President Barack Obama unveiled his proposed Fiscal Year 2014 budget plan Wednesday in the White House Rose Garden, offering a combination of new spending initiatives and tax increases aimed at creating jobs and reducing future budget deficits.
In his remarks, Obama called his plan “a fiscally responsible blueprint for middle-class jobs and growth.”
During his statement at the White House Rose Garden, President Obama says that with the US "poised for progress," his budget plan will not hinder growing the economy while shrinking deficits.
He said, “We can grow our economy and shrink our deficits. In fact, as we saw in the 1990s, nothing shrinks deficits faster than a growing economy.”
He acknowledged that “too many Americans still looking for work” and said he’d address that problem by new spending which he called “targeted investments in areas which will create jobs right now.” He called for $1 billion on creation of new manufacturing innovation institutes.
The Obama plan also calls for $50 billion for repairing highways, bridges, and mass transit systems.
He also said Congress would have to make some changes in Medicare to reduce future outlays on that program “but they don’t have to drastic ones.”
Obama proposes to increase taxes by well more than the $600 billion tax increase he signed into law on Jan. 2. For starters, he would aim to get the $580 billion by eliminating certain tax preferences for upper-income people.
His plan would also get another $124 billion or so in revenue over ten years by tweaking the inflation indexing formula used to set the levels for the tax brackets and other provisions in tax law. The change in inflation indexing would also apply to Social sec and other federal benefits, which has prompted vocal opposition from some progressives in Obama’s party.
He also proposed to raise cigarette taxes in order to help pay for preschool for children of lower-income and middle-income families.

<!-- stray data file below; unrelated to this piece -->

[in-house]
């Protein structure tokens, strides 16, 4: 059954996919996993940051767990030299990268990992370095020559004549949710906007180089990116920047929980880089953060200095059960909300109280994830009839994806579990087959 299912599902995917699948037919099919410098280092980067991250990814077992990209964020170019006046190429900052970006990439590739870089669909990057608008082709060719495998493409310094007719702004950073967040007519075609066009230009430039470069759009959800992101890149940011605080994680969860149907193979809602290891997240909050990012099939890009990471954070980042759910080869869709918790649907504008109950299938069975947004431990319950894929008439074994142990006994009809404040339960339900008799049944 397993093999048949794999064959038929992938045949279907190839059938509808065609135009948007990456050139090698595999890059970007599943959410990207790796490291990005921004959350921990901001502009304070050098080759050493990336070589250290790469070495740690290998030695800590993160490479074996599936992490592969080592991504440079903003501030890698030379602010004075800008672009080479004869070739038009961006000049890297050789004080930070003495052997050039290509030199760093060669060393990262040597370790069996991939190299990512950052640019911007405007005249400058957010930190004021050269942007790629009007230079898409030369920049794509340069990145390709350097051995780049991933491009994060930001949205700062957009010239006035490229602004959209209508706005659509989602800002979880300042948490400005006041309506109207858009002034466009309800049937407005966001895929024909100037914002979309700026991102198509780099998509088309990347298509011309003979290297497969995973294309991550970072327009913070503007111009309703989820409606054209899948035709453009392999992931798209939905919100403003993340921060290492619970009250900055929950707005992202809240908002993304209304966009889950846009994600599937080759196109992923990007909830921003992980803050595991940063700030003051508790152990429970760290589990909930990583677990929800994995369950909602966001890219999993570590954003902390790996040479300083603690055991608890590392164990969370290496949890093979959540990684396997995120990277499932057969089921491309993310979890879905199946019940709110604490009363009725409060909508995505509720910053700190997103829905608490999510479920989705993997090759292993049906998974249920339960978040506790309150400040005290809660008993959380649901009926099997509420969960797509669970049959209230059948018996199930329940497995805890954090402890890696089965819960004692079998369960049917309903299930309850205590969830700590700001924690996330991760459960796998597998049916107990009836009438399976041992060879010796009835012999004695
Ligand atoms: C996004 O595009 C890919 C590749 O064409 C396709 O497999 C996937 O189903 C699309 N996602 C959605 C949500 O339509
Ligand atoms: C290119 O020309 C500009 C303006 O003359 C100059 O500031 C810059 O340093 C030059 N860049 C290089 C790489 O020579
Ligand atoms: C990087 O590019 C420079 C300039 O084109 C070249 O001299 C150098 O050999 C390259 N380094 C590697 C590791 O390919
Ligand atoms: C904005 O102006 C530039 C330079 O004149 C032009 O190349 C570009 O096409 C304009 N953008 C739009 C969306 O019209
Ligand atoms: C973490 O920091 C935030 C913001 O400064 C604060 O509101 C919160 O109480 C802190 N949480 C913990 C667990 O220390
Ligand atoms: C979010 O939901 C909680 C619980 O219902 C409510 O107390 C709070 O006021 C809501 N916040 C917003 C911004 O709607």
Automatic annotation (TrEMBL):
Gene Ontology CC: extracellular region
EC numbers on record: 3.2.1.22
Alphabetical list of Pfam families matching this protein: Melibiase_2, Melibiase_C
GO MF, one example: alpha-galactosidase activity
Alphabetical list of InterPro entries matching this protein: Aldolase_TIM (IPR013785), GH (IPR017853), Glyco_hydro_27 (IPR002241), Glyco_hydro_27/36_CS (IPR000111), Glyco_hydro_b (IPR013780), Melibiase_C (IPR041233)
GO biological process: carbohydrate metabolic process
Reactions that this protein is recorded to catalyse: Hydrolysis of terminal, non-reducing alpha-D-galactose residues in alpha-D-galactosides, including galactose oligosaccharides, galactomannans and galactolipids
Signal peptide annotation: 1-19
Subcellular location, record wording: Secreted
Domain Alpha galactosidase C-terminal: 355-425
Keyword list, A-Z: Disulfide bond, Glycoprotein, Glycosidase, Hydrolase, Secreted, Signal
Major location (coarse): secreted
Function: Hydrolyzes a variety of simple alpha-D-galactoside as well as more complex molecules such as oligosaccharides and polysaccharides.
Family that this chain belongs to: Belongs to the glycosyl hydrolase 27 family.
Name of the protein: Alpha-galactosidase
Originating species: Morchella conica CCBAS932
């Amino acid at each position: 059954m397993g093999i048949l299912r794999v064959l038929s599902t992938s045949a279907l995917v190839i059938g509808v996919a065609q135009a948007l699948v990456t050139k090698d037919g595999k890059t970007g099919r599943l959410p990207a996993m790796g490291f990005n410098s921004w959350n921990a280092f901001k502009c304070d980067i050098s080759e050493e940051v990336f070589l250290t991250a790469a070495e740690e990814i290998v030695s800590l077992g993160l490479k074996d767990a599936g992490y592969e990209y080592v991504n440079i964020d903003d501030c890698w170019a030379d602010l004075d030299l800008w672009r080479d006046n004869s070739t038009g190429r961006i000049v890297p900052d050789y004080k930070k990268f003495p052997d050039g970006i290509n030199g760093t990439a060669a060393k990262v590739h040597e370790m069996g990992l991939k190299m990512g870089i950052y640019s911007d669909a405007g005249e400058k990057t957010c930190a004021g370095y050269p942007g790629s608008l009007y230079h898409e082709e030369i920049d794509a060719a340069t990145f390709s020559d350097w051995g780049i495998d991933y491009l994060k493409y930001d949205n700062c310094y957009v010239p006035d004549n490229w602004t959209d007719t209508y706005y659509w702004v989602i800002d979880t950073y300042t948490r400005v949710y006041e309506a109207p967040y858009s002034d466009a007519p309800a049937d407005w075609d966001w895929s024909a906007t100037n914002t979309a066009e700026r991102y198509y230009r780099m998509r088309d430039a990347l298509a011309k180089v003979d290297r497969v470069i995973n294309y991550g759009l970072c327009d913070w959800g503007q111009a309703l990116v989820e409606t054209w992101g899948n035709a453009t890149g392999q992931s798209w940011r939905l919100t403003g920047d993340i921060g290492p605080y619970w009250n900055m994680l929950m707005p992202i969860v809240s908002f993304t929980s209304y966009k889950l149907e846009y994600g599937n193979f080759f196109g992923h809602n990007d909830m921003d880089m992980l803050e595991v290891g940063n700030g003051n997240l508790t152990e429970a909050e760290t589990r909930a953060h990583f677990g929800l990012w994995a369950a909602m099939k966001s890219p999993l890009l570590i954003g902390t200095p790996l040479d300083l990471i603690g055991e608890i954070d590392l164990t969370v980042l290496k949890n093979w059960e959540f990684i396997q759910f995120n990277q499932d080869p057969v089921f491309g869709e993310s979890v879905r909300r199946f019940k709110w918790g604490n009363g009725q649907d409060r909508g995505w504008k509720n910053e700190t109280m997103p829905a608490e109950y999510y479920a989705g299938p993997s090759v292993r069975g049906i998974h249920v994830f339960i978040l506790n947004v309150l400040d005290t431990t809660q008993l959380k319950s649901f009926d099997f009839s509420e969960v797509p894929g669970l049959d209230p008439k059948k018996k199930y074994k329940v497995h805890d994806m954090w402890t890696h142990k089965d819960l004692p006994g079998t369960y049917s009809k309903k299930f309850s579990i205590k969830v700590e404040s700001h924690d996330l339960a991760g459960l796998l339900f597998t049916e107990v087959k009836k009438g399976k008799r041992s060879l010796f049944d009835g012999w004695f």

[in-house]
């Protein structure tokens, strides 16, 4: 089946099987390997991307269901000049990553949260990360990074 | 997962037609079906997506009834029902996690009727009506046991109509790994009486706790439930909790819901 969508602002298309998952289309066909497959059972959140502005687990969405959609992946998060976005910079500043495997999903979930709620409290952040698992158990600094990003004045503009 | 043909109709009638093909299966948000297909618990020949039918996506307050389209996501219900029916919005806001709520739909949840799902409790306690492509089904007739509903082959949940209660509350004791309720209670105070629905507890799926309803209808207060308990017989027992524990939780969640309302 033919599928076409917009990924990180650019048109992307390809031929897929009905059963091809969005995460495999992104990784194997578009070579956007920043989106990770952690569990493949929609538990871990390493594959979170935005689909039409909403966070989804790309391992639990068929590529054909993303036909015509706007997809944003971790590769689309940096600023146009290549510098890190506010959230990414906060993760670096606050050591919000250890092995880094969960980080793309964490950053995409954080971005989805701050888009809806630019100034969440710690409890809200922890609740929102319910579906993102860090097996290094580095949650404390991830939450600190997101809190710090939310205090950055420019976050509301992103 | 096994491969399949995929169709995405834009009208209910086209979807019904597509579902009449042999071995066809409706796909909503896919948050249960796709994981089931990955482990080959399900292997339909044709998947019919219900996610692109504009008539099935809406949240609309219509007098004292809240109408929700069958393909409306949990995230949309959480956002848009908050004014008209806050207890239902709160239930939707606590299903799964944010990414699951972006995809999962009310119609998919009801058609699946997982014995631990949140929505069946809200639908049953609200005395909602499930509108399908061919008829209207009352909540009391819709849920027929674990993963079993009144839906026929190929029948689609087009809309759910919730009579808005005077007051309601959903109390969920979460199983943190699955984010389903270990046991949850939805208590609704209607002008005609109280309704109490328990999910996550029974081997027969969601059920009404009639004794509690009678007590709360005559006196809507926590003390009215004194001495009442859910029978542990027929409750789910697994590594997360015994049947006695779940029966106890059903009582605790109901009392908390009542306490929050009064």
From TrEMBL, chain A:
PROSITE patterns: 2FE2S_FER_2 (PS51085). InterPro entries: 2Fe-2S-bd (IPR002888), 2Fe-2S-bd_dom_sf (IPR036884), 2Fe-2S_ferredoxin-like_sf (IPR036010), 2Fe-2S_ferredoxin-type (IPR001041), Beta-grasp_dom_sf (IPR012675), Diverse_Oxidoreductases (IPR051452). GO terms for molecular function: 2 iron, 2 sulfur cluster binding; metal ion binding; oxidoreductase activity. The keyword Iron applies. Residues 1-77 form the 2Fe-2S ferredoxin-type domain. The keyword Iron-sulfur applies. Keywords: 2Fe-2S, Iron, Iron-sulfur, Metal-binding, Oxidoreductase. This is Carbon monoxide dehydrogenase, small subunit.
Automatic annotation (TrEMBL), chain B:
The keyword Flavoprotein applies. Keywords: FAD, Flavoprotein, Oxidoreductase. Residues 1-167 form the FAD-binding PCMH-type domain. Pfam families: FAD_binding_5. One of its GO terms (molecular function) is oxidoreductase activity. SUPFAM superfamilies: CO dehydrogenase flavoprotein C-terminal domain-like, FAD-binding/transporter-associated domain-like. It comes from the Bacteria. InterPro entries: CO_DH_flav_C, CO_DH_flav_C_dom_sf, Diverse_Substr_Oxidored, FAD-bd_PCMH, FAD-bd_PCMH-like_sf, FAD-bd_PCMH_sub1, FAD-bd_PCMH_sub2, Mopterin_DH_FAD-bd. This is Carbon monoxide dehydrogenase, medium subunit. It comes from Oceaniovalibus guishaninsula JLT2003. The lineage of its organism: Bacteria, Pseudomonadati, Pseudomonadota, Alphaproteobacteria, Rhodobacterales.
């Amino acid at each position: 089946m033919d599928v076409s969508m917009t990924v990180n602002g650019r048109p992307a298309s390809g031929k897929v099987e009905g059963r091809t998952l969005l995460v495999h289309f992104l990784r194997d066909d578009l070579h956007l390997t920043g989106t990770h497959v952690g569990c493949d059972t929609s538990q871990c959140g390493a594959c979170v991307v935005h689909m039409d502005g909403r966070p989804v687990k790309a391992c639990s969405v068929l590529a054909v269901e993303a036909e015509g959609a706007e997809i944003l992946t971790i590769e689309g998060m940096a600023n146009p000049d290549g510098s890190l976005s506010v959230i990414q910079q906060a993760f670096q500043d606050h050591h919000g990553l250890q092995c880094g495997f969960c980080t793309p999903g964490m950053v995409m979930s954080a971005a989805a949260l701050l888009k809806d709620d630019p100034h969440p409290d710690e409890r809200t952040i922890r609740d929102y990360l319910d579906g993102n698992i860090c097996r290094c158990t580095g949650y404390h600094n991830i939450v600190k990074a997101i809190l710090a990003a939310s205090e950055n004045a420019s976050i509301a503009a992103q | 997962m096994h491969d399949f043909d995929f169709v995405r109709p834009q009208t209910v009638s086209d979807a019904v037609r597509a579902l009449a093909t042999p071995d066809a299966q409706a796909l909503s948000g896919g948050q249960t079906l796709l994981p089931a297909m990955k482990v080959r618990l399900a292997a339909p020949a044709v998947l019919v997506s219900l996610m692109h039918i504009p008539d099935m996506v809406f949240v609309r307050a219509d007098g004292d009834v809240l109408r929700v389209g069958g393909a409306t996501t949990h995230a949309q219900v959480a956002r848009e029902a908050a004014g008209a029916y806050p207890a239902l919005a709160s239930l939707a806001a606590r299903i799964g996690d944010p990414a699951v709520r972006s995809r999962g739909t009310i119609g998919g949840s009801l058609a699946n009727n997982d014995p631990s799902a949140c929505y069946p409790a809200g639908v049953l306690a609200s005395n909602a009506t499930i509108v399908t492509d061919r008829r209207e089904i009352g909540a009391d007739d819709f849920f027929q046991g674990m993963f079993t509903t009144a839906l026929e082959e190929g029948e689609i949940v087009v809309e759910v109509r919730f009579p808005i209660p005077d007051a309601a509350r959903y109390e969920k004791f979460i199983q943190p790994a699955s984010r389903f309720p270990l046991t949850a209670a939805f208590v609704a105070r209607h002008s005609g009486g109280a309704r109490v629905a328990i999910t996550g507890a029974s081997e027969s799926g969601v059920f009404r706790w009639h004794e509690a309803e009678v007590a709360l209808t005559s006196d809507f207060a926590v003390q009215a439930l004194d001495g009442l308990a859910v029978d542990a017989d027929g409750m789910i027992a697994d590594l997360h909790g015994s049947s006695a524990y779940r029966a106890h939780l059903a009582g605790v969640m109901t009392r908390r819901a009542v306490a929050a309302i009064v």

Larry Downing / Reuters
President Barack Obama talks about the Fiscal Year 2014 Budget while next to acting Director of Office of Management and Budget Jeffrey Zients in the Rose Garden at the White House in Washington, April 10, 2013.
The Obama plan also calls for new spending, such as $50 billion for repairing highways, bridges, and mass transit systems.
The president’s budget proposal came late – nine weeks after the first Monday in February, the statutory deadline set by the 1974 Budget Act. It also came after the House and Senate had already passed their very different FY 2014 budget proposals.
The initial response to the Obama plan from Republican congressional leaders indicated that negotiations with them at this stage would not be fruitful.
“It’s not a serious plan, for the most part just another left-wing wish list,” said Senate Republican Leader Mitch McConnell who spoke on the Senate floor about an hour before Obama delivered his remarks at the White House. Highlights of the Obama plan had been released by administration officials last week and Wednesday morning before the president spoke.
Rep. Paul Ryan shares his pre-buttal on President Barack Obama's budget plan, saying he hope it presents "real entitlement reform and kick start true negotiations." Ryan also said he plans to see if Obama's plan will balance the budget and get the debt under control.
“The document headed our way does not appear designed to bridge the differences between the House and Senate-passed budgets. That’s the role Americans would expect the president to play at this stage,” McConnell said.
The Obama plan, he scoffed, “does not represent some grand pivot from left to center. It’s really just a pivot from left – to left.”
But McConnell did praise Obama on one point: “the president seems prepared to finally concede this time that at least something needs to be done to save entitlements from their inevitable slide toward bankruptcy. I’m glad to see him begin to come to grips with the math here.”
House Speaker John Boehner agreed with McConnell on that point: Obama, he said, “does deserve some credit for incremental entitlement reforms they have outlined in this budget. But I would hope that he not hold hostage these modest reforms for his demand for bigger tax hikes. Why don’t we do what we can agree to do? What don’t we find the common ground that we do have and then move on that?”